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road and workshop

13th February 1970
Page 45
Page 45, 13th February 1970 — road and workshop
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Which of the following most accurately describes the problem?

by Handyman

Benchwise: lathe sense (5)

MENTION a reamer to a young mechanic or garage fitter and he will think at once of the variable diameter reamer with detachable blades and fine cone adjustment, a tool obviously for hand use; he will, of course, be familiar with certain fixed-size reamers used for finishing off swivel pin bushes, etc. These fixed-size reamers have long, plain pilot sections and often two cutting areas, but normally also a large square-section end drive for manual use with a tap wrench. On the other hand, the turner has another range of reamers for use in the lathe, and where accuracy and a good finish is essential, a far better job can be turned out in the lathe whenever it is possible to mount the newly bushed item.

Spiral-fluted tool Unless beaten by sheer size, the skilled turner can always manage to mount a workpiece, however odd in shape, and the result is always worth while. The reamer for lathe work is mainly spiral-fluted, with, a taper shank for tailstock use, and most turners prefer the spiral-fluted tool as there is far less risk of cutting edges gripping the work, jumping, chattering, or expanding to the detriment of the finished hole as indicated earlier with over-loaded twist drills. As a rule the machine reamer is provided with a shorter cutting area than the hand reamer, with a reduced diameter between the flutes and the main shank—for the obvious reasons of releasing swarf.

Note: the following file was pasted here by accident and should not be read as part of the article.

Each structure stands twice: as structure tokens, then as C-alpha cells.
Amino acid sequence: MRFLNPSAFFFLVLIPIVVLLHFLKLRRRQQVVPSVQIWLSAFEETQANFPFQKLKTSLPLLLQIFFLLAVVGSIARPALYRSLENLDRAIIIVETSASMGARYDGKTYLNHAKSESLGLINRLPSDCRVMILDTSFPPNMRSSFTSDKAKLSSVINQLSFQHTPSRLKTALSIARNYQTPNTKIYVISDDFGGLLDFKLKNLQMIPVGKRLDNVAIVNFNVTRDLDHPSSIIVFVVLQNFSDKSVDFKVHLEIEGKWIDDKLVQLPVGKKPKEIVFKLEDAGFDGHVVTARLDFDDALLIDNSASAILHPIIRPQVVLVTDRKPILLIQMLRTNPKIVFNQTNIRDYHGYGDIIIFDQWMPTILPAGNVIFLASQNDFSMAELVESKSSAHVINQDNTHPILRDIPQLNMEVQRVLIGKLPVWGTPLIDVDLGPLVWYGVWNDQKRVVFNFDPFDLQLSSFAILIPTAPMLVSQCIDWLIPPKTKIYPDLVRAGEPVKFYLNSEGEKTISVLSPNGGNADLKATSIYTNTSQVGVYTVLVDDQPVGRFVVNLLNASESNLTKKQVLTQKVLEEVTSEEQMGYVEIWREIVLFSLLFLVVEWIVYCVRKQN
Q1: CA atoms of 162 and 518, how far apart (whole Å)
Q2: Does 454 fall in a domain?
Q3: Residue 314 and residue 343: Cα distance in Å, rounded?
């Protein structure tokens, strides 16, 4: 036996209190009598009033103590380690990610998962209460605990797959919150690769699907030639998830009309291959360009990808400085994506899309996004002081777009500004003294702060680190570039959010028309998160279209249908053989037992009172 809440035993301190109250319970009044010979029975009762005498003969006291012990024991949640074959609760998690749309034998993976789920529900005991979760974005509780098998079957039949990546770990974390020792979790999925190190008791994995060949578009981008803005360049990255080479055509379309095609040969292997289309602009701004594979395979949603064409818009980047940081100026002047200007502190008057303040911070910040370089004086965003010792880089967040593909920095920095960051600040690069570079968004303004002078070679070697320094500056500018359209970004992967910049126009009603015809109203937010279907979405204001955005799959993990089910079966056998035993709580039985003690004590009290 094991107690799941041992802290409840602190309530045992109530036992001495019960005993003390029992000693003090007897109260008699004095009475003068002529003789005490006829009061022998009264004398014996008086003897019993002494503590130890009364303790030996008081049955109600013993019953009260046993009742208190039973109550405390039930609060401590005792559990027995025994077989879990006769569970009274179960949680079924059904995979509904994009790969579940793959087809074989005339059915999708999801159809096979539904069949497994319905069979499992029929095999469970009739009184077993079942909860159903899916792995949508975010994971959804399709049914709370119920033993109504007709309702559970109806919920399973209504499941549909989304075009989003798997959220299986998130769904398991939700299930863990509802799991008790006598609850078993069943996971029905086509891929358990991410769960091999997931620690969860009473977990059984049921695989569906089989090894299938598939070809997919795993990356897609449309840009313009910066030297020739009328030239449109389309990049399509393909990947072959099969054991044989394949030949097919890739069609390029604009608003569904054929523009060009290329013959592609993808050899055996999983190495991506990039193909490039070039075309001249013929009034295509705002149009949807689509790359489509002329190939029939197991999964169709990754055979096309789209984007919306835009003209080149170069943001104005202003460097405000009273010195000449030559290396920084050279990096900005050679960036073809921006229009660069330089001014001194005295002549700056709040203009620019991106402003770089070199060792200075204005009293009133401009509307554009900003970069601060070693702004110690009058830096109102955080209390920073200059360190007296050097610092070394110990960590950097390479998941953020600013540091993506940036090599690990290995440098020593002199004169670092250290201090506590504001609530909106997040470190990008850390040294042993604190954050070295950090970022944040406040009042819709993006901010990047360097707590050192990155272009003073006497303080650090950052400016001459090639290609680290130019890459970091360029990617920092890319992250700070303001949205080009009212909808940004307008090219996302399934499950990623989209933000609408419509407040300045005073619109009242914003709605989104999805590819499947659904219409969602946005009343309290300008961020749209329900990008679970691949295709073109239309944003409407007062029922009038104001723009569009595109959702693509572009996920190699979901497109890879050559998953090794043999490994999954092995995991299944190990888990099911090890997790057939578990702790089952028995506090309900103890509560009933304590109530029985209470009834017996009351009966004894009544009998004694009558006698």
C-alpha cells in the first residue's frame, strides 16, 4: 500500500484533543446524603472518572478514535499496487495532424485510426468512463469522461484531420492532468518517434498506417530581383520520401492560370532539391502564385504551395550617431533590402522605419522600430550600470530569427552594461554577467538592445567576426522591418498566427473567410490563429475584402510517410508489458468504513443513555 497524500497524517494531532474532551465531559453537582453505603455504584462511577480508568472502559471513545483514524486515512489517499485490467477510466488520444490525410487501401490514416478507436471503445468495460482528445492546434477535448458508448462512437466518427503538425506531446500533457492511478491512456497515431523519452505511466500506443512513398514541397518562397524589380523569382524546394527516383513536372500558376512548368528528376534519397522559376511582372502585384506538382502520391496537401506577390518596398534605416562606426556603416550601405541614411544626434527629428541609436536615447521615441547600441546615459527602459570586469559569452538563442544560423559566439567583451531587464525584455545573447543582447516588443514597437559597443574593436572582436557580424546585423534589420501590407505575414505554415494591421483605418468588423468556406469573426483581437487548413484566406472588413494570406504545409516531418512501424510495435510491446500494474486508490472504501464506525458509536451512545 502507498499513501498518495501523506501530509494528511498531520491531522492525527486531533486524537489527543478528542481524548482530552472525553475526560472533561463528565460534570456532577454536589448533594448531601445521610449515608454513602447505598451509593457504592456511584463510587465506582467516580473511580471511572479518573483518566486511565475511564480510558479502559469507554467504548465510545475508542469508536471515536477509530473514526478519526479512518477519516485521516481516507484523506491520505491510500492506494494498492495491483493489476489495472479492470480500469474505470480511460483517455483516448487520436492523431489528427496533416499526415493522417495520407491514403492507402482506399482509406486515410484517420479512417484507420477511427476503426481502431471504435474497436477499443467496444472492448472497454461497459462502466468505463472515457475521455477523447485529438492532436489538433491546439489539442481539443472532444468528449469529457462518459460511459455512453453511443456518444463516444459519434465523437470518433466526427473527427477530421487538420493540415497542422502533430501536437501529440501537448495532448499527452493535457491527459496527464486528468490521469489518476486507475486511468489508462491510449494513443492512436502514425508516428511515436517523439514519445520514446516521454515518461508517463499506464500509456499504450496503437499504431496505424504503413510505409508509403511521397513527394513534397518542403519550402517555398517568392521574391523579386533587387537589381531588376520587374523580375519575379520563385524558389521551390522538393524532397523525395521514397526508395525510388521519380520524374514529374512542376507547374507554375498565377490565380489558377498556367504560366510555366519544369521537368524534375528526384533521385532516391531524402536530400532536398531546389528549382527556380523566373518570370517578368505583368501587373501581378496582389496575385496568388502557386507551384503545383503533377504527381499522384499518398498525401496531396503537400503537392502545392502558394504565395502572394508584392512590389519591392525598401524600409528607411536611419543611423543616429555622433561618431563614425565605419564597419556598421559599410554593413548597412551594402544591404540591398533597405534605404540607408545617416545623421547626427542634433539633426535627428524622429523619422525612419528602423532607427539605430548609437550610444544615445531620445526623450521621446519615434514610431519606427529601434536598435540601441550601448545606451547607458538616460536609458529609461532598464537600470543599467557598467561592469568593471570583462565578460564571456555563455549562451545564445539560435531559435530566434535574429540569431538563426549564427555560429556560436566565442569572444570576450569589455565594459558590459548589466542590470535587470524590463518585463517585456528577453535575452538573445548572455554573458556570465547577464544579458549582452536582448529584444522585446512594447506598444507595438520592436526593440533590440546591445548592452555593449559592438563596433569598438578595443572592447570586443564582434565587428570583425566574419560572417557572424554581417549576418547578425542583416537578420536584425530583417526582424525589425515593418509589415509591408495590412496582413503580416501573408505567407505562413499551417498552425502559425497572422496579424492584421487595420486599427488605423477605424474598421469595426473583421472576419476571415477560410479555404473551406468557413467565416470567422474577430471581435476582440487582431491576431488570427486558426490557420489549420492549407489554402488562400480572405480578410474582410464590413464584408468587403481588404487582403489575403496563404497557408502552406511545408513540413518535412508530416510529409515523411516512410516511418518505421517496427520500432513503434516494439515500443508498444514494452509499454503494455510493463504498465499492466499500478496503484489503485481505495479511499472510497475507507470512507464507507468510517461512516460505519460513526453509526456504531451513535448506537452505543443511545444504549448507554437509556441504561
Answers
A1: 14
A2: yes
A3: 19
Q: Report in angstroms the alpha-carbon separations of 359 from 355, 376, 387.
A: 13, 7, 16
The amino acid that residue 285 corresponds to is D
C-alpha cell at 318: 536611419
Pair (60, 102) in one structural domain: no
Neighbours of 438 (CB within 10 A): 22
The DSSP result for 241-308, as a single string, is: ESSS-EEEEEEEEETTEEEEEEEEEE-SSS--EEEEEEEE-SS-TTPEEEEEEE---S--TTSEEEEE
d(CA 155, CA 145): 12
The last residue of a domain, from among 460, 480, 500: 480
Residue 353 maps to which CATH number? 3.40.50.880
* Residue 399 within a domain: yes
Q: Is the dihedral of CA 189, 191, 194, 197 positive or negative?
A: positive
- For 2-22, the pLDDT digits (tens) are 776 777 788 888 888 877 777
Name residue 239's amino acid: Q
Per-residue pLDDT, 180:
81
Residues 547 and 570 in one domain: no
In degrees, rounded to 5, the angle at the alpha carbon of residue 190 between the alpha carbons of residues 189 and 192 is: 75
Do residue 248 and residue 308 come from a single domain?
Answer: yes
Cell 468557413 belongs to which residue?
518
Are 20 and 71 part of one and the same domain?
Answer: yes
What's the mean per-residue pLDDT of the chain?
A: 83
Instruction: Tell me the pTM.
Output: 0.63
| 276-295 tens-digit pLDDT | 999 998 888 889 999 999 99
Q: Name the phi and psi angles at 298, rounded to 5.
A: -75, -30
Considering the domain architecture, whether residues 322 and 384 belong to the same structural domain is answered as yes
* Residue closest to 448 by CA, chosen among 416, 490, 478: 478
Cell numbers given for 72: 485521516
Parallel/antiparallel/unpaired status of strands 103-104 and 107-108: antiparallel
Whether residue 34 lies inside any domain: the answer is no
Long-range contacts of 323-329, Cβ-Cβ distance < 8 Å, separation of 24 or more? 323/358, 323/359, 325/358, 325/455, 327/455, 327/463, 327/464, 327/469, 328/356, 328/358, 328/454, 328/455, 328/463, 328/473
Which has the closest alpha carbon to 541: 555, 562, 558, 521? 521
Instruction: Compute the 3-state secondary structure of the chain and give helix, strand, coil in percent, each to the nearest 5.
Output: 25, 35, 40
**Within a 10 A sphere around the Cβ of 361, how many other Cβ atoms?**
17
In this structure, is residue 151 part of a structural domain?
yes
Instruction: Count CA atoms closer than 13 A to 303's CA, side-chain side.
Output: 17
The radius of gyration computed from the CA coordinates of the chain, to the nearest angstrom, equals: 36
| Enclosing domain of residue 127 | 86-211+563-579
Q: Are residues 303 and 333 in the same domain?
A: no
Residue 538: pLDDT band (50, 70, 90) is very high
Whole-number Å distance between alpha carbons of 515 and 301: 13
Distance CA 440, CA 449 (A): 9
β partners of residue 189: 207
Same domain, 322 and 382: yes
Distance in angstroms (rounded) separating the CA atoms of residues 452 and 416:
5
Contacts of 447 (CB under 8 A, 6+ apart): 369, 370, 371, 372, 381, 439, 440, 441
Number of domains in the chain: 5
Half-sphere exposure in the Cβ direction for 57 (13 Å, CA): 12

One common fault in adjustable hand reamer use is that the young mechanic may ream out a newly fitted road spring-eye bush, and put a considerable amount of "beef" into it due to the depth of cut he is tackling. This attempt to rush the job through results all too often in the finished bush being scarred internally with long chatter marks; while it may be a near-fit on completion, a lot of metal will have been raggedly removed that will be needed later, and the pin to bush fit will soon be sloppy, to say the least.

It should always be remembered that the reamer is intended solely as a finishing tool, whether it is for hand or machine operation; its purpose is to take out the final four or five "thous' and leave a perfect finish. It was never intended for hacking out large amounts of metal, which is what is all too often attempted; this particularly applies to the adjustable reamer which has its blade life shortened unnecessarily by this treatment.

In the same way, the machine reamer in the lathe must never be made to enter holes that are obviously well below finishing sizes, as this is an unfair and often impossible task that can only result in a bad finish or damage, together with an element of risk for the operator.